Milena Petrovic

Common SQL syntax errors and how to resolve them

April 2, 2014 by
In the SQL Server Management Studio, errors can be tracked down easily, using the built in Error List pane. This pane can be activated in the View menu, or by using shortcuts Ctrl+\ and Ctrl+E

Selecting the Error List pane in SSMS

The Error List pane displays syntax and semantic errors found in the query editor. To navigate directly to the SQL syntax error in the script editor, double-click the corresponding error displayed in the Error List

SQL Keyword errors

SQL keyword errors occur when one of the words that the SQL query language reserves for its commands and clauses is misspelled. For example, writing “UPDTE” instead of “UPDATE” will produce this type of error

In this example, the keyword “TABLE” is misspelled:

Dialog showing that the heyword “TABLE” is misspelled

Dialog showing not only the word “TBLE” is highlighted, but also the words around it

As shown in the image above, not only the word “TBLE” is highlighted, but also the words around it. The image below shows that this simple mistake causes many highlighted words

In fact, there are total of 49 errors reported just because one keyword is misspelled

Dialog showing the SQL syntax Error list

If the user wants to resolve all these reported errors, without finding the original one, what started as a simple typo, becomes a much bigger problem

It’s also possible that all SQL keywords are spelled correctly, but their arrangement is not in the correct order. For example, the statement “FROM Table_1 SELECT *” will report an SQL syntax error

SQL keywords are spelled correctly, but their arrangement is not in the correct order

Arrangement of commands

The wrong arrangement of keywords will certainly cause an error, but wrongly arranged commands may also be an issue

If the user, for example, is trying to create a new schema into an existing database, but first wants to check if there is already a schema with the same name, he would write the following command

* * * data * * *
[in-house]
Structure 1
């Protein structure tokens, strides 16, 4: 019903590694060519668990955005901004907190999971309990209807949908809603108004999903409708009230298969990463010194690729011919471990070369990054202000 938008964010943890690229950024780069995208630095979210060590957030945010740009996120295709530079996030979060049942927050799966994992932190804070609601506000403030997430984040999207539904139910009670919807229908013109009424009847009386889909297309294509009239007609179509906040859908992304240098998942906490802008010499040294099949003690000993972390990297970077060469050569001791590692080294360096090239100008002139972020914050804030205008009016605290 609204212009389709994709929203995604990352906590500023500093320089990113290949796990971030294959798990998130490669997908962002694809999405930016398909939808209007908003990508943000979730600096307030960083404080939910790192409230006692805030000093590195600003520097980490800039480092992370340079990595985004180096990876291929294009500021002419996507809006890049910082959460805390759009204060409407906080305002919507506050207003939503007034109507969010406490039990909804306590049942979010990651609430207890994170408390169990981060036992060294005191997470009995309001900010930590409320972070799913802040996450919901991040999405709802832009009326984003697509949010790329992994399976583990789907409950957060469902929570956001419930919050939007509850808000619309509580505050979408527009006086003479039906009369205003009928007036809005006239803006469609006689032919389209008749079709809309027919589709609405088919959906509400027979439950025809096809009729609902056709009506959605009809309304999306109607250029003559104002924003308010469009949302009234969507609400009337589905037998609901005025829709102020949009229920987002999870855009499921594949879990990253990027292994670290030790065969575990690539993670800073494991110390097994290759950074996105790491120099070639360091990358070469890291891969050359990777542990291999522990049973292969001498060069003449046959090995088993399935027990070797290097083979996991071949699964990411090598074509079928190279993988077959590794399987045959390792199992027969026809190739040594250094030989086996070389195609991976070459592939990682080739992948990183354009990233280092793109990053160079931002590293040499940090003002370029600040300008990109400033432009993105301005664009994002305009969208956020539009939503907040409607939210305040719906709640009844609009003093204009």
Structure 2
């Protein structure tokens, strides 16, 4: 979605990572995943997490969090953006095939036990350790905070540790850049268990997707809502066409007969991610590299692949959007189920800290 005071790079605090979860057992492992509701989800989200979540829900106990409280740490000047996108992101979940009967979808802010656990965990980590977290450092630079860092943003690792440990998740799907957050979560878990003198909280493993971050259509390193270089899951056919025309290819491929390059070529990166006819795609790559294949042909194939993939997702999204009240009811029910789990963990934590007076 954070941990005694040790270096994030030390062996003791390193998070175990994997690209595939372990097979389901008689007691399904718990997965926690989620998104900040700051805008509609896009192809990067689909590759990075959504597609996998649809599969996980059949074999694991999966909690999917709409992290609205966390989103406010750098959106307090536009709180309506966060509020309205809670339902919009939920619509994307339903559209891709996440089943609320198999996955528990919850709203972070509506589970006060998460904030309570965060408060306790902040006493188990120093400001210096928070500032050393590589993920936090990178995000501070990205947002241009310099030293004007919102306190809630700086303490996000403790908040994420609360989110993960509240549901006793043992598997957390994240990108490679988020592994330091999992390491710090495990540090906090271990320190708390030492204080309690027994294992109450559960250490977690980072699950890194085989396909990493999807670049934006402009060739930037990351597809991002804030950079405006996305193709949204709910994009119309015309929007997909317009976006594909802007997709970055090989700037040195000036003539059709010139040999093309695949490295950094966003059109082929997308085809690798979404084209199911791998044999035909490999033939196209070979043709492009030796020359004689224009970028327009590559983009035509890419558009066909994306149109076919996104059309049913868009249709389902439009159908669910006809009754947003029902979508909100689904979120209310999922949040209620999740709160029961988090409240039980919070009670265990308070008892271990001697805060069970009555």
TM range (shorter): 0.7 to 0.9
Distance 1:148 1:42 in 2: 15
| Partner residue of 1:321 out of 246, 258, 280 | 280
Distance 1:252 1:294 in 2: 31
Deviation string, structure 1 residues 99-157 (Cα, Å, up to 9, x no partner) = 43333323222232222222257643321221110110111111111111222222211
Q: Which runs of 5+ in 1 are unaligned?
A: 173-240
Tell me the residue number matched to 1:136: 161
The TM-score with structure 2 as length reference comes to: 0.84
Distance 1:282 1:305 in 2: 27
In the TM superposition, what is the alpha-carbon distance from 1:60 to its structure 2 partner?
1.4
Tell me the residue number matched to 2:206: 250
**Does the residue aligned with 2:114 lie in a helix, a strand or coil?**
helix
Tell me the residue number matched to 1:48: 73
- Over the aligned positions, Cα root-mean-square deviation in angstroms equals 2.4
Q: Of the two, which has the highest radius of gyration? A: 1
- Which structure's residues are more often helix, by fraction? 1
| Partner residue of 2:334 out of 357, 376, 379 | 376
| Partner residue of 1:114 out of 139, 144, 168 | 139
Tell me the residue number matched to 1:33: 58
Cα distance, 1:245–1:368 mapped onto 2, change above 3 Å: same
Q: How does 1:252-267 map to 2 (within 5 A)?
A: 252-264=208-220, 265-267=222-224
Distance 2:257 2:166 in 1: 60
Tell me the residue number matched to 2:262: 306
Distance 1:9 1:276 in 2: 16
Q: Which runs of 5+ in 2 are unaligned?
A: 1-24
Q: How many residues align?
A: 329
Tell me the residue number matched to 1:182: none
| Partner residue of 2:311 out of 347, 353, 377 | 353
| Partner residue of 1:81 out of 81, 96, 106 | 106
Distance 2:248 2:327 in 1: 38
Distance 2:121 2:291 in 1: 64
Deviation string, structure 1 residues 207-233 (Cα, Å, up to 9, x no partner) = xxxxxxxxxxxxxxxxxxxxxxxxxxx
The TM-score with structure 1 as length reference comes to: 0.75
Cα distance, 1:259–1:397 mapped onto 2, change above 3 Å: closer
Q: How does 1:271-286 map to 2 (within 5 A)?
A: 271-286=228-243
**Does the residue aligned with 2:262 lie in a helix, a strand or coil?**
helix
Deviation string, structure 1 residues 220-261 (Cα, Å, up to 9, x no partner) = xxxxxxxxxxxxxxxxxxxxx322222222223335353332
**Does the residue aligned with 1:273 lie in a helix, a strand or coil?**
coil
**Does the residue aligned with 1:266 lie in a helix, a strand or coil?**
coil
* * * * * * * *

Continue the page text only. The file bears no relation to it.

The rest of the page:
Command to check if there is already a schema with the same name

However, even though each command is properly written, and is able to run separately without errors, in this form it results in an error

Incorrect syntax error

As the error message states, CREATE SCHEMA command has to be the first command that is given. The correct way of running this commands together looks like this

The correct way of running CREATE SCHEMA command

Using quotation marks

Another common error that occurs when writing SQL project is to use double quotation marks instead of single ones. Single quotation marks are used to delimit strings. For example, double quotation marks are used here instead of single ones, which cause an error

Useng double quotation marks instead of single ones

Invalid column name error

Replacing quotation marks with the proper ones, resolves the error

Replacing quotation marks with the proper ones

There are situations where double quotation marks need to be used, for writing some general quotes, for example

Situation where double quotation marks need to be used

As shown in the previous example, this will cause an error. But, this doesn’t mean that double quotes can’t be used, they just have to be inside the single quotes. However, adding single quotes in this example won’t solve the problem, but it will cause another one

Adding single quotes in this example won’t solve the problem

Since there is an apostrophe inside this quote, it is mistakenly used as the end of a string. Everything beyond is considered to be an error

Two SQL syntax errors

To be able to use an apostrophe inside a string, it has to be “escaped”, so that it is not considered as a string delimiter. To “escape” an apostrophe, another apostrophe has to be used next to it, as it is shown below

Dialog showing how to “escape” an apostrophe to resolve a SQL syntax error

Finding SQL syntax errors

Finding SQL syntax errors can be complicated, but there are some tips on how to make it a bit easier. Using the aforementioned Error List helps in a great way. It allows the user to check for errors while still writing the project, and avoid later searching through thousands lines of code

Another way to help, is to properly format the code

Bad SQL formatting example

This can improve code readability, thus making the search for errors easier

Properly formatted T-SQL code

See more

To format the T-SQL code consider ApexSQL Refactor, free SSMS and VS add-in for SQL formatting and refactoring.


Milena Petrovic

Milena Petrovic

Milena is a SQL Server professional with more than 20 years of experience in IT. She has started with computer programming in high school and continued at University.

She has been working with SQL Server since 2005 and has experience with SQL 2000 through SQL 2014.

Her favorite SQL Server topics are SQL Server disaster recovery, auditing, and performance monitoring.

View all posts by Milena "Millie" Petrovic
Milena Petrovic
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